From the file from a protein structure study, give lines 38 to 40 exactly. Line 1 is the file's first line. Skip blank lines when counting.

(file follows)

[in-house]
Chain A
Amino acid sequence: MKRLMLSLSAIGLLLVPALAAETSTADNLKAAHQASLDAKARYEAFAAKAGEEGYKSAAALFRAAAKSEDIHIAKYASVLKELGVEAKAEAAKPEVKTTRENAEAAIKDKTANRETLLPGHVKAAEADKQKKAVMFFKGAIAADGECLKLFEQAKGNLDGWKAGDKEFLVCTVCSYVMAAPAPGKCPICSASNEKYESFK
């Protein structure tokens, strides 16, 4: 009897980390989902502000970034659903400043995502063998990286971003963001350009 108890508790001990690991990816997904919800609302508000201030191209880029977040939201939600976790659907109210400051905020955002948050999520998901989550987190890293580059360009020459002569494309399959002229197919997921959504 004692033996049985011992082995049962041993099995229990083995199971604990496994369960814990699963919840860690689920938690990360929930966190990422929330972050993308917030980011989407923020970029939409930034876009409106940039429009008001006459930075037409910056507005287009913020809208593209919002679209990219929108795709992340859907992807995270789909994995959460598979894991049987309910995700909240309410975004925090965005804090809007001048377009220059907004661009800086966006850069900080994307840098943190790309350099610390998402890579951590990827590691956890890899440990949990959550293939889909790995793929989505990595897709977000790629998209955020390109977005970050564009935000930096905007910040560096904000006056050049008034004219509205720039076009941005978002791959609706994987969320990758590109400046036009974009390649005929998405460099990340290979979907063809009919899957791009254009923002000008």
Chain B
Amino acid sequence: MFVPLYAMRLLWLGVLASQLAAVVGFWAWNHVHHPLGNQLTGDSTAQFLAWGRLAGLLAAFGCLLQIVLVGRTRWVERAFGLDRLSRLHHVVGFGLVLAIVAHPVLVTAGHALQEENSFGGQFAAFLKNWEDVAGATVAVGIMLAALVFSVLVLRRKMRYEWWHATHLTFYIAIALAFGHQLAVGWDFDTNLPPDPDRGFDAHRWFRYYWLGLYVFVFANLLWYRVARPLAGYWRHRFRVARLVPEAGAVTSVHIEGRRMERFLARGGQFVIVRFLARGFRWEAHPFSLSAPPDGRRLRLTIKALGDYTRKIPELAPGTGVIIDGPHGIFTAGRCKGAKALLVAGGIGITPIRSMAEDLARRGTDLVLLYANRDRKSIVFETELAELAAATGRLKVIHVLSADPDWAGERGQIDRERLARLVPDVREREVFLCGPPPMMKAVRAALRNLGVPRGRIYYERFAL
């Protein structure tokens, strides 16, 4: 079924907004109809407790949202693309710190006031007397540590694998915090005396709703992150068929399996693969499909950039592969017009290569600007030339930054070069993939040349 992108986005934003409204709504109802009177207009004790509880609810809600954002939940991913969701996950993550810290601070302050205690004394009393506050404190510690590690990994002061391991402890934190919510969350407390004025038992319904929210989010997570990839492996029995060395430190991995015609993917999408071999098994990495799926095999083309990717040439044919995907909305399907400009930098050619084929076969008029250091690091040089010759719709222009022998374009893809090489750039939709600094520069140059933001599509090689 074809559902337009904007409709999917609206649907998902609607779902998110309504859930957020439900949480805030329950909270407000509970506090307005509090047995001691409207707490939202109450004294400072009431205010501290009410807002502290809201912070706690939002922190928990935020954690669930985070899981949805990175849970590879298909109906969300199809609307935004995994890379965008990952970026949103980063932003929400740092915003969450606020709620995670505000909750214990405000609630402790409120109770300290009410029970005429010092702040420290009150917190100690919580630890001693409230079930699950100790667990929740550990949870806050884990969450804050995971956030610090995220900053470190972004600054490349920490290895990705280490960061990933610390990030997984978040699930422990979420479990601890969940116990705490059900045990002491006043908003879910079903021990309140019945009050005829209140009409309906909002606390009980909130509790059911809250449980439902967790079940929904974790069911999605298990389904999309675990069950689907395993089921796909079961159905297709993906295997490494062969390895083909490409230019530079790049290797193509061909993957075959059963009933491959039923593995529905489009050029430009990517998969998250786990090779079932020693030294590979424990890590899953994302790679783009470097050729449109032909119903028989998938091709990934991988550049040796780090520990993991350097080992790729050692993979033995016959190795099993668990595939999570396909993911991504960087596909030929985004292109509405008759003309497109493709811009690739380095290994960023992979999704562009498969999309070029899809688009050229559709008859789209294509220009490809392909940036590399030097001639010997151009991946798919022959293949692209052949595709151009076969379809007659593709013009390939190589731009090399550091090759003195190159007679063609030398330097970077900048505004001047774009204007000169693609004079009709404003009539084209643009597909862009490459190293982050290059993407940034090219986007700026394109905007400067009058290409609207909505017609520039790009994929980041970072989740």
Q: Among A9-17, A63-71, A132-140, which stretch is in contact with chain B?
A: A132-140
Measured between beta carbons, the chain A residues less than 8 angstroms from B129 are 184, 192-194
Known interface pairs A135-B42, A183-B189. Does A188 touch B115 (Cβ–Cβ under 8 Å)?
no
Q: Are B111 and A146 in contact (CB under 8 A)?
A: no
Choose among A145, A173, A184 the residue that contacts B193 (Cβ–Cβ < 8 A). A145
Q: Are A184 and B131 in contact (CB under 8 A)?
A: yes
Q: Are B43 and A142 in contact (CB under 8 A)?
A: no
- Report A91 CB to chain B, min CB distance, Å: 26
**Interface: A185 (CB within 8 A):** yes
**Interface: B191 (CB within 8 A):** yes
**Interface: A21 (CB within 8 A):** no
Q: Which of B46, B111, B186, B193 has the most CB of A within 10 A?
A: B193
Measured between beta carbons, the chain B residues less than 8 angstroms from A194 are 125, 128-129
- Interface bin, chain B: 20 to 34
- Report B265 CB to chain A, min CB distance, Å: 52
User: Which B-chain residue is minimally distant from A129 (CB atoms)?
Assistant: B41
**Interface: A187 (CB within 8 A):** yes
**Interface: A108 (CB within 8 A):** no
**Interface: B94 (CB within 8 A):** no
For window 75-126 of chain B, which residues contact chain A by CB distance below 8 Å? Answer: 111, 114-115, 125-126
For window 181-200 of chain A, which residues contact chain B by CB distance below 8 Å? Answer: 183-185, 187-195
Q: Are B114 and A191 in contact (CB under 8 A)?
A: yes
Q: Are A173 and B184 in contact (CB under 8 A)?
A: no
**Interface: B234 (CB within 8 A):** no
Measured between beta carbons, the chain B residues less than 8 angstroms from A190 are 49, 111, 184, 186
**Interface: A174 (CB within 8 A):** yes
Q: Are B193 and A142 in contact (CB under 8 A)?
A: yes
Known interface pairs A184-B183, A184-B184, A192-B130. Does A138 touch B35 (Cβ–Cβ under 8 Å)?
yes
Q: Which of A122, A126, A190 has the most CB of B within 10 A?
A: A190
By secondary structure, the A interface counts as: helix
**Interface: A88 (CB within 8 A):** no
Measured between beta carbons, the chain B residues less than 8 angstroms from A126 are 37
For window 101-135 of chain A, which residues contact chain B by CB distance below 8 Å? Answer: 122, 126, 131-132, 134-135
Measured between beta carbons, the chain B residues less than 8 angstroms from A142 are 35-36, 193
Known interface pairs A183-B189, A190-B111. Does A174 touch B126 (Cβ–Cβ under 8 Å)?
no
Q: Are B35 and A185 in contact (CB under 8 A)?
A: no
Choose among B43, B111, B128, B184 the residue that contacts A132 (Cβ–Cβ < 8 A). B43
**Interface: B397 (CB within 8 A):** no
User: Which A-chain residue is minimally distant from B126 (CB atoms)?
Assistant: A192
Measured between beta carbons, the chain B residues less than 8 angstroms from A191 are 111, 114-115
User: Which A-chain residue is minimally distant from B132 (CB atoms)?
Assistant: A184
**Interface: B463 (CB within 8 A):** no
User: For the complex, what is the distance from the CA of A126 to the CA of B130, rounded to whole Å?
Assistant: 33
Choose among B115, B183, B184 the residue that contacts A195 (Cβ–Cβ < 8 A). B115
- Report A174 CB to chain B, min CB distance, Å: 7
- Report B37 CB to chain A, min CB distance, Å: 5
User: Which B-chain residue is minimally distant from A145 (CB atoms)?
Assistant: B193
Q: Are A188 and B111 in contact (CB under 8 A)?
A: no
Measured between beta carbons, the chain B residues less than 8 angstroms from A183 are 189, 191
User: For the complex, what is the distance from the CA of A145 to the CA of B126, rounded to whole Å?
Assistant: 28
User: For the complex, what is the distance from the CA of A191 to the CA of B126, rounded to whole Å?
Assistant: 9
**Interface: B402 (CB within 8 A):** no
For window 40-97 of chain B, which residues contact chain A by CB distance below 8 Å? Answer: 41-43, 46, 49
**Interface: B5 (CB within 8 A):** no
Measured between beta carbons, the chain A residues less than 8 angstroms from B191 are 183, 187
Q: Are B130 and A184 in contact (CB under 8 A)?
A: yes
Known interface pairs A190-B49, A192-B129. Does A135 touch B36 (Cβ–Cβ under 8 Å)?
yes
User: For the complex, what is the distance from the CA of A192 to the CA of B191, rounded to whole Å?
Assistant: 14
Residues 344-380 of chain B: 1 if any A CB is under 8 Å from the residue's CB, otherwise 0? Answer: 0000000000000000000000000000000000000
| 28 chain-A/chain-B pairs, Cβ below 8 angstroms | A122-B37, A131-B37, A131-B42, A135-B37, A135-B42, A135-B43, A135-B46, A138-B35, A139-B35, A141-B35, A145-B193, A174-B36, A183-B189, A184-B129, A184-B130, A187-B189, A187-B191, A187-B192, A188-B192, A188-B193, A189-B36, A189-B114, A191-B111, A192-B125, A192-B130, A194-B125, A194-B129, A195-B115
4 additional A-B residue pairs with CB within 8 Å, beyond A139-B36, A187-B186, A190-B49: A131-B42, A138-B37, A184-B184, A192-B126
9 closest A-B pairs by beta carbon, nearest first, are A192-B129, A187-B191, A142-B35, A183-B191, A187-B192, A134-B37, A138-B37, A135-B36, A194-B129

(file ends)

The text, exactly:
Q: Are A173 and B184 in contact (CB under 8 A)?
A: no
**Interface: B234 (CB within 8 A):** no